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Education is often referred to as the key of development. Indeed, in places where education is scarce, we can see that the country’s general development also stays behind.


Organizing education is important to the Brothers of Charity as a contribution to a nation’s global development. To this day, they are called to establish schools that are open and particularly easily accessible to the poor. Today, Fracarita International supports education in 10 countries in the South. Educational strategies of the Brothers of Charity in the South:






























With a preference for those who experience limitations when it comes to getting an education because of poverty, specific living condition, etc.


Since their commencement, the Brothers of Charity have focused on developing education for the poor. However, this poverty can take different shapes. First of all, it is about material poverty. By providing free education or with a highly reduced financial contribution from the parents, as much children and young people as possible are offered a chance to get an education. After all, formation is the road to development.


Besides that, there are other forms of poverty: the underprivileged; children and young people suffering from psychosocial problems who are in need of extra support so that they can pursue their education.


Finally, there are specific living conditions that can seriously interfere with the chances of getting an education: living in refugee camps, natural disasters, war situations, etc.





Teaching and education are both given due attention. A value-oriented education runs parallel to sound teaching. As Catholic schools, the schools of the Brothers of Charity find their inspiration in the evangelical message of Christ. In a concrete manner, this is translated into:

  • a complete education in which the young person is shaped in all of his dimensions: physically, mentally, affectively, relationally, ecologically conscious, open to the existential and the spiritual, paying heed to the education of faith;

  • a value-oriented education by means of a developed education plan with the key values of love, openness to what is true, good and pure, with a correct interpretation of human freedom, focused on the development of the individual into a person with his social and relational dimensions, in which mutual solidarity is fostered, and open to a virtuous life;

  • a development of a culture of caritas, in which the young person in called to give heed to the poor and, at the same time, to develop a Christian view of suffering by means of empirical moments and days of contemplation.




1. Solid education
1. Solid education
4. International structure
2. For those who experience limitations
3. Teaching ànd education
2. For those who experience limitations
3. Teaching ànd education
4. International structure

Quality is always a priority when it comes to organizing education, which can be obtained by the efforts of expert teachers and by developing good and adapted curricula, and by creating adapted accommodations and disposing of modern teaching aids and textbooks.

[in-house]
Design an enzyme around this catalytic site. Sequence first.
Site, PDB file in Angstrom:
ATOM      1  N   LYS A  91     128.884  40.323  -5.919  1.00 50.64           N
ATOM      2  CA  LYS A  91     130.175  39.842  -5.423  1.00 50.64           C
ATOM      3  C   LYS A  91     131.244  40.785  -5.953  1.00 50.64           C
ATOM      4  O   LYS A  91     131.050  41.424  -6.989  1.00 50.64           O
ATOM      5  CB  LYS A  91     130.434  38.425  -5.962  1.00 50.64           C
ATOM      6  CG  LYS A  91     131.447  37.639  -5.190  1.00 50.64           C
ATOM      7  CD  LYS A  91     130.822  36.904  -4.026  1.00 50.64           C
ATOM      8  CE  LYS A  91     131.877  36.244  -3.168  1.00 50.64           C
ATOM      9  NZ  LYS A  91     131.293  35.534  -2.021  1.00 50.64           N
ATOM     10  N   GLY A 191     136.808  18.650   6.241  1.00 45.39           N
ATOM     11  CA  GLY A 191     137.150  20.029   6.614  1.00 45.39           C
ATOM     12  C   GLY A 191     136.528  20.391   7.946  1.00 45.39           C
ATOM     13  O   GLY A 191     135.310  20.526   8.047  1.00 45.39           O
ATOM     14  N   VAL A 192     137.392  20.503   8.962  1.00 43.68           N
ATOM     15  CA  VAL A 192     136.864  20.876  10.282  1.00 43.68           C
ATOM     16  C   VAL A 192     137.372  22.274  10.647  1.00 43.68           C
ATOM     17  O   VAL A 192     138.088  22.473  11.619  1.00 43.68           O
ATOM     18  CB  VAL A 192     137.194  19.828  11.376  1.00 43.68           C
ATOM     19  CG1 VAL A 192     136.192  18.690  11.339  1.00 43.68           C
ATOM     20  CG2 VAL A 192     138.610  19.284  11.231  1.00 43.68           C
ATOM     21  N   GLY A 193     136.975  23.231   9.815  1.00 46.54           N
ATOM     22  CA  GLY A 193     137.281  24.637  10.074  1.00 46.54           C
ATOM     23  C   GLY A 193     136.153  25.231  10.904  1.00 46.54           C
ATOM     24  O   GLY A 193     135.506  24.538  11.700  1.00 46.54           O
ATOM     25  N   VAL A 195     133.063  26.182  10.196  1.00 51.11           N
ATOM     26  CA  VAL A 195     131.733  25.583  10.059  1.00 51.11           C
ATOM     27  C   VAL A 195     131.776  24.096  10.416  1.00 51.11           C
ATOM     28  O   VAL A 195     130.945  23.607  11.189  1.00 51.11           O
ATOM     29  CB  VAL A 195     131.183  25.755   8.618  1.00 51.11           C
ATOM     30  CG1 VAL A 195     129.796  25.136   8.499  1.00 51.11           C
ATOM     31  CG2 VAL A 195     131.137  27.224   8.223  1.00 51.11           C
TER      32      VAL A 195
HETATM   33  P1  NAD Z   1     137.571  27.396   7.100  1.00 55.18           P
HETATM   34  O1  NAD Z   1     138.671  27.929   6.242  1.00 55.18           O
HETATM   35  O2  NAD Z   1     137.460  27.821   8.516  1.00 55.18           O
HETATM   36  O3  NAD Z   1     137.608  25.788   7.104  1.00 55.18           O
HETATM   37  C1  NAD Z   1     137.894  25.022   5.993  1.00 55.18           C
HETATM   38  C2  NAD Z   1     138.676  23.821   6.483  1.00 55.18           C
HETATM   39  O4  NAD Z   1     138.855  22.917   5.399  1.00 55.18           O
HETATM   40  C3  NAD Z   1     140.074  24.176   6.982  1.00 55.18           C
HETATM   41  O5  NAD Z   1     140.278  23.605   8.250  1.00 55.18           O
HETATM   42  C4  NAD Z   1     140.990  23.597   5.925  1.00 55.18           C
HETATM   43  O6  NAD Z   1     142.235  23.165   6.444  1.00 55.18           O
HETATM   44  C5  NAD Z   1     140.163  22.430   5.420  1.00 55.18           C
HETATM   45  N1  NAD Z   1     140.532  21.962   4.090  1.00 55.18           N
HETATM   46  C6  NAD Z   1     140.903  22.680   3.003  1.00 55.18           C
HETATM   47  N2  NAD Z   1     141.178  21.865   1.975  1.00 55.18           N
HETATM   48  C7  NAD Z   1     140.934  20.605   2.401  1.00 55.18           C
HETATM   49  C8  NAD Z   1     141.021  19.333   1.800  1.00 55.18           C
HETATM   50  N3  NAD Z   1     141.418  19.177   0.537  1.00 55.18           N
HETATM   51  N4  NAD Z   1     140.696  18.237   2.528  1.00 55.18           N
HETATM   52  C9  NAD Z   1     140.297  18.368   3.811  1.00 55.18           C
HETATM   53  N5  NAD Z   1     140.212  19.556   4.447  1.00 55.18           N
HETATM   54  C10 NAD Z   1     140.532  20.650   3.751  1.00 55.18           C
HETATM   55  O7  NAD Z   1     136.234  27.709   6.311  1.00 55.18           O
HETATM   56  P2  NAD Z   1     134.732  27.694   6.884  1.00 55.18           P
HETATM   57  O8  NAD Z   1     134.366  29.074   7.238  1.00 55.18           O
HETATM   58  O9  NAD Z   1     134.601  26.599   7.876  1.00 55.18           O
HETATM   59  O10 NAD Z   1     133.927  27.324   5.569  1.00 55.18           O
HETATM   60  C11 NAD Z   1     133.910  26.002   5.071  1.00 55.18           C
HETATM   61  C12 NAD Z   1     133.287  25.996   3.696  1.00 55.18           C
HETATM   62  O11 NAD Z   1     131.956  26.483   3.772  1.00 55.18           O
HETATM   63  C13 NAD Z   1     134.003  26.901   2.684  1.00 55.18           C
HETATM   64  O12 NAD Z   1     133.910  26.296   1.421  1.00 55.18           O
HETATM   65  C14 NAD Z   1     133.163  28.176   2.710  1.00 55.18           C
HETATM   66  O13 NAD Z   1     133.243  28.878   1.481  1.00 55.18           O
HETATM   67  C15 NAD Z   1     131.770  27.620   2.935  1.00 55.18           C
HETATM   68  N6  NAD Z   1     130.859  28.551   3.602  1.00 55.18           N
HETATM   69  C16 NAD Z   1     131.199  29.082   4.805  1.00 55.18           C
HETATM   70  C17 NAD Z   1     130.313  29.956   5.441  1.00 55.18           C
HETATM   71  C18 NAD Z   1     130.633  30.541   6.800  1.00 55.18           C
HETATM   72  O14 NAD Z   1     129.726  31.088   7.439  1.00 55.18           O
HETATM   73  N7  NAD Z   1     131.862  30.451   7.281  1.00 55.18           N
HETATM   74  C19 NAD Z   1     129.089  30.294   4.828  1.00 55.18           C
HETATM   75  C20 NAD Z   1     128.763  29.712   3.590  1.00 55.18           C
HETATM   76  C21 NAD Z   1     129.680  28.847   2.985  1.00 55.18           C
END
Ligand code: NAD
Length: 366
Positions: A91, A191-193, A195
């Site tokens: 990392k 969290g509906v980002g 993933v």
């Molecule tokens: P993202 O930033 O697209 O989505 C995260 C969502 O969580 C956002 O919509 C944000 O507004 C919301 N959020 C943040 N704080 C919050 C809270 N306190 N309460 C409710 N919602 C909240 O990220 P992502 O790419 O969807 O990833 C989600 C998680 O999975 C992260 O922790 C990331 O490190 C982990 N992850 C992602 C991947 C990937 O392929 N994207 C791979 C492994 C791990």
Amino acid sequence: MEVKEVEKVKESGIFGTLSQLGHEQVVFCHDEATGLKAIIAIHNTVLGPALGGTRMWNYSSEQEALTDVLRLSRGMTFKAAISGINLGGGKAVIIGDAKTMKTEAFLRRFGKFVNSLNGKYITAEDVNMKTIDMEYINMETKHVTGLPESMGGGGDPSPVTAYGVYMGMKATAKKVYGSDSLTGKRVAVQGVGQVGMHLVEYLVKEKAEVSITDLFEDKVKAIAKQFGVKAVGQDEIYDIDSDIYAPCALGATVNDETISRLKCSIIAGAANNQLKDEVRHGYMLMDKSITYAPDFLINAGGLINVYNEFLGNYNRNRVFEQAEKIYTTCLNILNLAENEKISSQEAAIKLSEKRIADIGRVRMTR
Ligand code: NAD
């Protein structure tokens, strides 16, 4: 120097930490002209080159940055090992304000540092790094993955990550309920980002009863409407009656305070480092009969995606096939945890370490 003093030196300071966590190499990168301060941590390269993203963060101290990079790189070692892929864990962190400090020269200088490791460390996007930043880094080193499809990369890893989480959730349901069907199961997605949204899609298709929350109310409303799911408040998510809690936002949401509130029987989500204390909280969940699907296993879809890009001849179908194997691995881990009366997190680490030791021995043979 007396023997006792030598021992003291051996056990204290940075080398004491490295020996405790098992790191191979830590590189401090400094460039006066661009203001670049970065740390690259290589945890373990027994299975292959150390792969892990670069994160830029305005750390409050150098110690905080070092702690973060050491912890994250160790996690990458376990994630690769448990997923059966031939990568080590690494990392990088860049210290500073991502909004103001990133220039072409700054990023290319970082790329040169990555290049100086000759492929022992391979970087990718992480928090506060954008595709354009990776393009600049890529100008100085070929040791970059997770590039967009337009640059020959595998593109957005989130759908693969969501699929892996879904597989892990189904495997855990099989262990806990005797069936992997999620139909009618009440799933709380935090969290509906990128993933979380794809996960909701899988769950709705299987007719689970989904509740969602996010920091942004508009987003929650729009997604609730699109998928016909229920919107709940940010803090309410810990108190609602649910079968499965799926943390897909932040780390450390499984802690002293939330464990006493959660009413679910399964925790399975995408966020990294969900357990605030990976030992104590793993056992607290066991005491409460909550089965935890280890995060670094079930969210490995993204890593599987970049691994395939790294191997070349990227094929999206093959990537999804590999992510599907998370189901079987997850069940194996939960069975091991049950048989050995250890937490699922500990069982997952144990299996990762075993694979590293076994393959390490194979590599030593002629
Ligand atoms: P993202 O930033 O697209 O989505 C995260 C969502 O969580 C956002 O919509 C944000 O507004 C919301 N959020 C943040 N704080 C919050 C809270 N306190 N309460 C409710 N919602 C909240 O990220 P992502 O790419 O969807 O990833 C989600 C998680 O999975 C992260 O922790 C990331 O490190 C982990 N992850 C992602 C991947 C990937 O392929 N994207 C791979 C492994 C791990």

Every school will have to pay heed to the development of these elements in order to ensure quality education:

  • schooling and training teachers

  • developing curricula

  • building and maintaining 

  • adapted classrooms

  • providing teaching aids, textbooks, notebooks, etc.

An international structure that should support the developments in education. As an international congregation, we have the advantage of being able to join forces. Support is given on different levels to several education initiatives all over the world:

Don Bosco Institute of the Deaf, Wonosobo, Indonesia


  • raining teachers, in which exchange projects are set up and basic training is given at the International Institute Canon Triest in Belgium;

  • keeping the facilities up to date, particularly after disasters or war situations, as was the case in Congo (war), Sri Lanka (tsunami), Indonesia (earthquake);

  • paying a basic wage to the teachers in areas where the government does not provide any support; in Congo, the teachers receive a premium as a supplement to their poor wages. These schools could continue to exist under very hard circumstances thanks to this support;

  • encouraging a value-oriented education through publications, documentation, international meetings;

  • developing cross-border forms of cooperation. An example of this is ‘Ahadi’, distance learning, which has come about thanks to worldwide forms of cooperation with universities and institutes of higher education;

  • fundraising: through well-aimed fundraising activities, we can support schools that receive no subsidies whatsoever and predominantly have poor students so that they can continue their work.

Logo International Institute Canon Triest
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